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not long enough

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There are segments in Sleeping Beauty and in Swan Lake that are short but very brilliant and that is why the question came to mind. I wish I knew enough about it to be able to name the segements, but I don't.

There is a section in Swan Lake... its just before the black swan makes her appearance and the 6 maidens are dancing for Seigfried... its a waltz I suppose, and it is so beautiful that I hate to see it come to an end so quickly. I sort of wish that he would fall in love with one of them for a short time at least, so I could hear more of it!! But, we don't want to get the black swan mad, and we sure don't want to get Odette more upset than she already is!!

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This will sound strange, but my choice is Liebeslieder Walzer. Yes, yes, I know it's already 75 minutes long. Yes, yes, I know there is even a "pause" in the middle of the ballet. Yes, yes, I know it's a bunch of Brahms waltzes written as hausmusik to amuse amateur musicians.

Nonetheless, I always become so enveloped by the mood the piece creates, that I feel a genuine pang of nostalgia when I see the first couple come back in gown and gloves. (Well, truth be told, I know the last duet very well, but I resist accepting the end until I have to.)

A summary for people who have never seen the work. It's set to two suites of chamber music written for an era when "home entertainment" meant playing the piano and singing. Both are scored for piano four hands (Balanchine places all the musicians on stage and insists that the pianists be one woman and one man), plus the usual modern vocal quartet (baritone, tenor, mezzo, soprano). The text consists (with the exception noted below) of Hallmark-style poems about love. Brahams wrote the second suite entirely at his publisher's insistence, to cash in on the popularity of the first.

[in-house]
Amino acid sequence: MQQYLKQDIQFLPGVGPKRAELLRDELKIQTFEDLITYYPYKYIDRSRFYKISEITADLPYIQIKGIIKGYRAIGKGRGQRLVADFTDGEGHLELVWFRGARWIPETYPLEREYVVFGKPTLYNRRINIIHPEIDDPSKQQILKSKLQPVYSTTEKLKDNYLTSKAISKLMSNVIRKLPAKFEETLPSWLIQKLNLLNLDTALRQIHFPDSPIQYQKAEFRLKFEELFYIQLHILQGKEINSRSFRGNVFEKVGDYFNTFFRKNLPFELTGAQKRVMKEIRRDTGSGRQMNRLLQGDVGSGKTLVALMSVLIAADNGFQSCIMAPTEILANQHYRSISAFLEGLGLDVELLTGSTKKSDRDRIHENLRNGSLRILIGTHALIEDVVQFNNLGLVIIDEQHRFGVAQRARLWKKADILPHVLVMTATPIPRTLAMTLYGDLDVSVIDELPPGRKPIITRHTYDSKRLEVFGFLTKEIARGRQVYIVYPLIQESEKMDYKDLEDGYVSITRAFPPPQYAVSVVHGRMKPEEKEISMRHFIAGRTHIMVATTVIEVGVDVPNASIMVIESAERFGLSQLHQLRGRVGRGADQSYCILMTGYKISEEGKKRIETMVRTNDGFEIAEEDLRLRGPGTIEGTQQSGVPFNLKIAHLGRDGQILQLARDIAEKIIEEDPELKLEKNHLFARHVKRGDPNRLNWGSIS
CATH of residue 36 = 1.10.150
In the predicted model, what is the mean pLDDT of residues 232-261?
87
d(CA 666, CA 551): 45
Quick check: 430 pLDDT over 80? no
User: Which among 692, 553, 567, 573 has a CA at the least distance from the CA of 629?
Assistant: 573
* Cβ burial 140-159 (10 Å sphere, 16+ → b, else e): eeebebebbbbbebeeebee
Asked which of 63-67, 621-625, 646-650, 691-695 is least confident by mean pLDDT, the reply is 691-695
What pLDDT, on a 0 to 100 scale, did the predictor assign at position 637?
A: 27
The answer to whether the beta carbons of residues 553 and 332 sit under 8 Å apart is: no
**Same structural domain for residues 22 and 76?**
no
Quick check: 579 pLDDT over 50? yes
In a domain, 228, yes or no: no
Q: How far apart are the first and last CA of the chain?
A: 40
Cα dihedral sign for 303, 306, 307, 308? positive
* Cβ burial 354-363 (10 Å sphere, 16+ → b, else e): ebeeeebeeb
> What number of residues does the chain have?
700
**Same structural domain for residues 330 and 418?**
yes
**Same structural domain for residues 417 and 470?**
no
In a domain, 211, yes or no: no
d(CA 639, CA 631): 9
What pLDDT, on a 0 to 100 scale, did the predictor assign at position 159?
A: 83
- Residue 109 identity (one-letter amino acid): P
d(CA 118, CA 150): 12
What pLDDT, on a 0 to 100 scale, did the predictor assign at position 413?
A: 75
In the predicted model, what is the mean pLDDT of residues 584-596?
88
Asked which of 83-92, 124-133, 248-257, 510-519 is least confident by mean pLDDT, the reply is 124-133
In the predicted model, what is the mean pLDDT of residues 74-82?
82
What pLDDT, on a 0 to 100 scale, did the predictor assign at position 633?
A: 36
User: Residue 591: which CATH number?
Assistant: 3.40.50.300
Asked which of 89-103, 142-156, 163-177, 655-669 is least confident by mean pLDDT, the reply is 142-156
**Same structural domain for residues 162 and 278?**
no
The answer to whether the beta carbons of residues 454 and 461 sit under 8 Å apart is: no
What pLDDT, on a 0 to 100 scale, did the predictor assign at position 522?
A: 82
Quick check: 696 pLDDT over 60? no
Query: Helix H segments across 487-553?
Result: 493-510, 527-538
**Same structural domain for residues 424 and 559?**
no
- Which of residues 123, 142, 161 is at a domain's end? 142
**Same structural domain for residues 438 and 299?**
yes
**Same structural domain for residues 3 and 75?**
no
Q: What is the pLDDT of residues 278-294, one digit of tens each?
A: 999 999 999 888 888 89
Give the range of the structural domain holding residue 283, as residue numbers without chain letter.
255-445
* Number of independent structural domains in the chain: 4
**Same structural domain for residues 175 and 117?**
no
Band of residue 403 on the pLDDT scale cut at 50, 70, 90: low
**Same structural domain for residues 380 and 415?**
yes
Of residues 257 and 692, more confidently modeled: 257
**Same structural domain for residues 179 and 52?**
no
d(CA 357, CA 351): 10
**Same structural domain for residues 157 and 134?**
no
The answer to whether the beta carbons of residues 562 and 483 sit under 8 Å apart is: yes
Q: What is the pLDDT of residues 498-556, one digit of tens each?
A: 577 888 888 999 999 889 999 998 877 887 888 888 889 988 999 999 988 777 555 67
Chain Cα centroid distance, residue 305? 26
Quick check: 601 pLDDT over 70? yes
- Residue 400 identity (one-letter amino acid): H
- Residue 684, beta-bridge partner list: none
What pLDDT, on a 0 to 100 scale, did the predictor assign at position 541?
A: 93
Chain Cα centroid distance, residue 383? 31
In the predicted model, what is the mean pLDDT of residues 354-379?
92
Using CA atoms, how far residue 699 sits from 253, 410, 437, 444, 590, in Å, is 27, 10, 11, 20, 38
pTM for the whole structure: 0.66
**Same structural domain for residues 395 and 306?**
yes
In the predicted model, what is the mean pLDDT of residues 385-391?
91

The ballet is set in a ballroom of the Hapsburgh era, which may or may not be real. The first suite is clearly set in a literal ballroom, and draws almost entirely on the traditions of ballroom dancing. The women wear near-flat ("character") shoes, long gloves, and long tutus; the men are in formal wear with white gloves. The women's gowns are similar in hue but different in cut and decoration. (Alas for the budget, only silk looks right.) They dance in various groupings, and the dancing is, for the most part, quite formal. Eventually, the dancers run out the doors, exposing the ballroom to moonlight. The curtain drops for a few moments, then rises again.

In the second suite, the dancers reappear only in couples. The dancers have all shed their gloves; the men have doffed jackets, the women have replaced flats with pointe shoes, and dancing becomes more complex and resonant.

After the last couple leaves, the musicians start to sing the last waltz, a setting of a Goethe poem that begins, "Now, muses, cease..." Candlelight replaces moonlight. Dancers return, in full costume from the first part, and assume seats watching the musicians on stage. There is no dancing. When the music ends, the dancers appauled, quietly, with their gloved hands.

When the magic stops, the rest of us keep on cheering.


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Originally posted by Farrell Fan

When Patricia McBride and Edward Villella danced Balanchine's Tarantella it always ended much too soon.

Maybe we audience members didn't want it to end, but trust me the dancers did! It's a killer! :)

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